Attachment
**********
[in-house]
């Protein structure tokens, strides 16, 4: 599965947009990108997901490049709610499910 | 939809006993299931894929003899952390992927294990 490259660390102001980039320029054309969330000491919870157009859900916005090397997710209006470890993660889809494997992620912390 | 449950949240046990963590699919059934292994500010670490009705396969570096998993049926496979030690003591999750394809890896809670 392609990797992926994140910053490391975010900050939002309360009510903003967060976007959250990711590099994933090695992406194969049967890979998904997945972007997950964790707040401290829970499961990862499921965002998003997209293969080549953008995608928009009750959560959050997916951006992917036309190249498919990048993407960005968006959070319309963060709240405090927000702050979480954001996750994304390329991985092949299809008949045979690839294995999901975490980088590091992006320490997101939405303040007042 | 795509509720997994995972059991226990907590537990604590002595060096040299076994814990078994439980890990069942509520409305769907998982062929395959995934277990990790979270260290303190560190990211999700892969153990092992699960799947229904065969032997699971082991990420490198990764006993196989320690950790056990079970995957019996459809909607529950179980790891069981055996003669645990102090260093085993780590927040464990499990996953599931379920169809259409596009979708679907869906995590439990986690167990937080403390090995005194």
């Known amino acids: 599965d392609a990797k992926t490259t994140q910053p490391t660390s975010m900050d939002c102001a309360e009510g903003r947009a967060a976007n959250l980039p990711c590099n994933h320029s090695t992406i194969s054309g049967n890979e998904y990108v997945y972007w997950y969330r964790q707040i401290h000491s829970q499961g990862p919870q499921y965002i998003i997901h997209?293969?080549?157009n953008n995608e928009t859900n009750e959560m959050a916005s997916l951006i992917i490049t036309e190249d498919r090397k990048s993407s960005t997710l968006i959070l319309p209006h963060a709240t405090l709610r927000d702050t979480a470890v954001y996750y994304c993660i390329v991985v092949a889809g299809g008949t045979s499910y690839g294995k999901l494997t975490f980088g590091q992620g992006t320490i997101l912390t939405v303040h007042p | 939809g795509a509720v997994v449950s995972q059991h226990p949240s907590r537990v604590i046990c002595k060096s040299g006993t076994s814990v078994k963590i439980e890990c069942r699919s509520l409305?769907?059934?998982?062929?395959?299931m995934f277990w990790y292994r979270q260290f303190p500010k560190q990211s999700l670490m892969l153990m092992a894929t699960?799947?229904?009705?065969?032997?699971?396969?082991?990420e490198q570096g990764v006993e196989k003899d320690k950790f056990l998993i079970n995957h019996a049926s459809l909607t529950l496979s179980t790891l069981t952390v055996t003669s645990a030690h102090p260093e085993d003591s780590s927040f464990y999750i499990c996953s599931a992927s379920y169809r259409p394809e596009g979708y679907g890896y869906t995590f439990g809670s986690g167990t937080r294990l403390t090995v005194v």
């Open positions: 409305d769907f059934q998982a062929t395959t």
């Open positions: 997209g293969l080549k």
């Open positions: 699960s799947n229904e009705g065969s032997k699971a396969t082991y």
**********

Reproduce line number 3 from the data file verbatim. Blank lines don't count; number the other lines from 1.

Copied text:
């Known amino acids: 599965d392609a990797k992926t490259t994140q910053p490391t660390s975010m900050d939002c102001a309360e009510g903003r947009a967060a976007n959250l980039p990711c590099n994933h320029s090695t992406i194969s054309g049967n890979e998904y990108v997945y972007w997950y969330r964790q707040i401290h000491s829970q499961g990862p919870q499921y965002i998003i997901h997209?293969?080549?157009n953008n995608e928009t859900n009750e959560m959050a916005s997916l951006i992917i490049t036309e190249d498919r090397k990048s993407s960005t997710l968006i959070l319309p209006h963060a709240t405090l709610r927000d702050t979480a470890v954001y996750y994304c993660i390329v991985v092949a889809g299809g008949t045979s499910y690839g294995k999901l494997t975490f980088g590091q992620g992006t320490i997101l912390t939405v303040h007042p | 939809g795509a509720v997994v449950s995972q059991h226990p949240s907590r537990v604590i046990c002595k060096s040299g006993t076994s814990v078994k963590i439980e890990c069942r699919s509520l409305?769907?059934?998982?062929?395959?299931m995934f277990w990790y292994r979270q260290f303190p500010k560190q990211s999700l670490m892969l153990m092992a894929t699960?799947?229904?009705?065969?032997?699971?396969?082991?990420e490198q570096g990764v006993e196989k003899d320690k950790f056990l998993i079970n995957h019996a049926s459809l909607t529950l496979s179980t790891l069981t952390v055996t003669s645990a030690h102090p260093e085993d003591s780590s927040f464990y999750i499990c996953s599931a992927s379920y169809r259409p394809e596009g979708y679907g890896y869906t995590f439990g809670s986690g167990t937080r294990l403390t090995v005194v």